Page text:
Abstract and Introduction
Evaluation of: Stelmach I, Sobocinska A, Majak P, Smejda C, Jerzynska J, Stelmach W. Comparison of the long-term efficacy of 3- and 5-year house dust mite allergen immunotherapy. Ann. Allergy Asthma Immunol. 109, 274–278 (2012). Allergen-specific immunotherapy (SIT) is the only treatment of allergic diseases able to maintain its efficacy after discontinuation of treatment. The available literature suggests that a 3-year duration of treatment maintains the efficacy on allergic symptoms for at least an equivalent period of time. The current paper compares the 3- and 5-year duration in children with dust mite-induced asthma, and confirms that 3 years of SIT maintains its effectiveness for a further 3 years after stopping, with no significant difference compared with 5 years. Thus, 3 years is likely to be an adequate duration of SIT; however, studies with more prolonged follow-up periods are needed to investigate the persistence of the clinical benefit over time.
Allergen-specific immunotherapy (SIT) has proven efficacy in allergic rhinitis and asthma. SIT modifies the immunological response to the administered allergen(s) and this allows it to maintain its efficacy following treatment withdrawal. However, the data on the long-term efficacy of SIT in respiratory allergy are not clear-cut. In 2007, Cox and Cohn reviewed the available literature on subcutaneous immunotherapy (SCIT). Eight studies were analyzed: four performed with grass pollen, one with birch pollen, one with ragweed pollen, one with cat and dog epithelia, and one with dust mites. In most studies, SCIT had a duration of 3 years and the time period of assessment ranged from 3 to 12 years. Cox and Cohn used the relapse rate of respiratory allergy to establish the persistence of SCIT efficacy and found contrasting outcomes ranging from 0% 3 years after stopping in one study with grass pollen to 45% 3 years after stopping in the study with dust mites. The better outcome in subjects allergic to pollen with respect to those allergic to mites seems to suggest that the extent of exposure is critical in favoring resensitization once SIT is discontinued. This concept seems reinforced if one takes into account the different results obtained with venom immunotherapy (VIT) in subjects allergic to Hymenoptera stings. In fact, in such an allergy where the exposure to the responsible allergen is occasional, the long-term efficacy is very good, with an estimated incidence of systemic reaction to a sting of approximately 10%, even 10–15 years after stopping VIT. In addition, the residual reactions reported thus far were rarely severe and never fatal.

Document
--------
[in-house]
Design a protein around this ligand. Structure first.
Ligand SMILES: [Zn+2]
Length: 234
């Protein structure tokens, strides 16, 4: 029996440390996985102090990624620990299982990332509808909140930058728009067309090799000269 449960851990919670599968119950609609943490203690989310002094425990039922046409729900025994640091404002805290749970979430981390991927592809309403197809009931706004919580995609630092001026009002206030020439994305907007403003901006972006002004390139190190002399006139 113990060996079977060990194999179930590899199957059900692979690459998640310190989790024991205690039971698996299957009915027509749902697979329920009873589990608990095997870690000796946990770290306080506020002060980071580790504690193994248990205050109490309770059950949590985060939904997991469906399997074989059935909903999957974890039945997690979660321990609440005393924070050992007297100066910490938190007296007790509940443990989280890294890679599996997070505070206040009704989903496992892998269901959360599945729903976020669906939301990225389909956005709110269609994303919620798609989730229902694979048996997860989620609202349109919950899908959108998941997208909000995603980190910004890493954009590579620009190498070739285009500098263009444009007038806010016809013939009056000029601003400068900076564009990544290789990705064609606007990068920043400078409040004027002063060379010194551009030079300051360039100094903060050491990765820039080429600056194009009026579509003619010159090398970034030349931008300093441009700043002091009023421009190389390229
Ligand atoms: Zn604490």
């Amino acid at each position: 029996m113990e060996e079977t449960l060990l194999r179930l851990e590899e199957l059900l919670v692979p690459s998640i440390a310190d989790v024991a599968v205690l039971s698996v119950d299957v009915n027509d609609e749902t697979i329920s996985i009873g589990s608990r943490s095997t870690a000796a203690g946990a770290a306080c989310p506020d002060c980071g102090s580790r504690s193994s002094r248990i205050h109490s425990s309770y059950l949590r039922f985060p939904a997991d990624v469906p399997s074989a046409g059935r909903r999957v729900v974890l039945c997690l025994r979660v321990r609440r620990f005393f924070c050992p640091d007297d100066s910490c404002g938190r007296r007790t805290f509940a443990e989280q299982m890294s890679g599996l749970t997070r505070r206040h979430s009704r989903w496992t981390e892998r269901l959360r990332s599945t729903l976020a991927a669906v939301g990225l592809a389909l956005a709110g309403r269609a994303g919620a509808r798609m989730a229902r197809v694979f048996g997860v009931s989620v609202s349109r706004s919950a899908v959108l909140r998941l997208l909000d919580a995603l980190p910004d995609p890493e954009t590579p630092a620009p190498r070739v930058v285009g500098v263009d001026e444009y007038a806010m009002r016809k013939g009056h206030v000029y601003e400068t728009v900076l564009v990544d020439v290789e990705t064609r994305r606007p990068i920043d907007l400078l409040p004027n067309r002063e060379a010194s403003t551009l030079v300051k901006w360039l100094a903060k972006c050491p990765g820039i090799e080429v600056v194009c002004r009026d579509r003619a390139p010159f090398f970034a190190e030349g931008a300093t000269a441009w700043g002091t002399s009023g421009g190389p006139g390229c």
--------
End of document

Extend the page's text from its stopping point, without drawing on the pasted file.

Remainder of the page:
Sublingual immunotherapy (SLIT) was also evaluated in terms of its long-term efficacy. In an open prospective study, 60 children with mite-induced asthma were assigned to a 4–5-year course of SLIT (35 subjects) or to symptomatic drug treatment (25 subjects), and followed up for another 5 years. In the SLIT group, significant differences were found at the 10-year time point versus baseline concerning the presence of asthma and the use of asthma medications, whereas no difference was observed in the control group. In a randomized placebo-controlled trial performed with the grass pollen preparation in tablet form in patients with rhinoconjunctivitis caused by grass pollen, 2 years after the discontinuation of a 3-year treatment, the mean rhinoconjunctivitis daily symptom score was significantly reduced (p < 0.004) in the actively treated group compared with the placebo group. In addition, the percentage of days with severe symptoms during the peak grass pollen exposure was (including the post-treatment period) lower in the active than in the placebo group in all seasons, with relative differences of 49–63% (p < 0.0001).
It is apparent that there is a general agreement on 3 years as an adequate duration of SIT, while there is considerable heterogeneity regarding the time interval to extend the follow-up after stopping, as well as on the criteria to assess the respiratory disease activity.
Immunotherapy. 2013;5(2):131-133. © 2013 Future Medicine Ltd.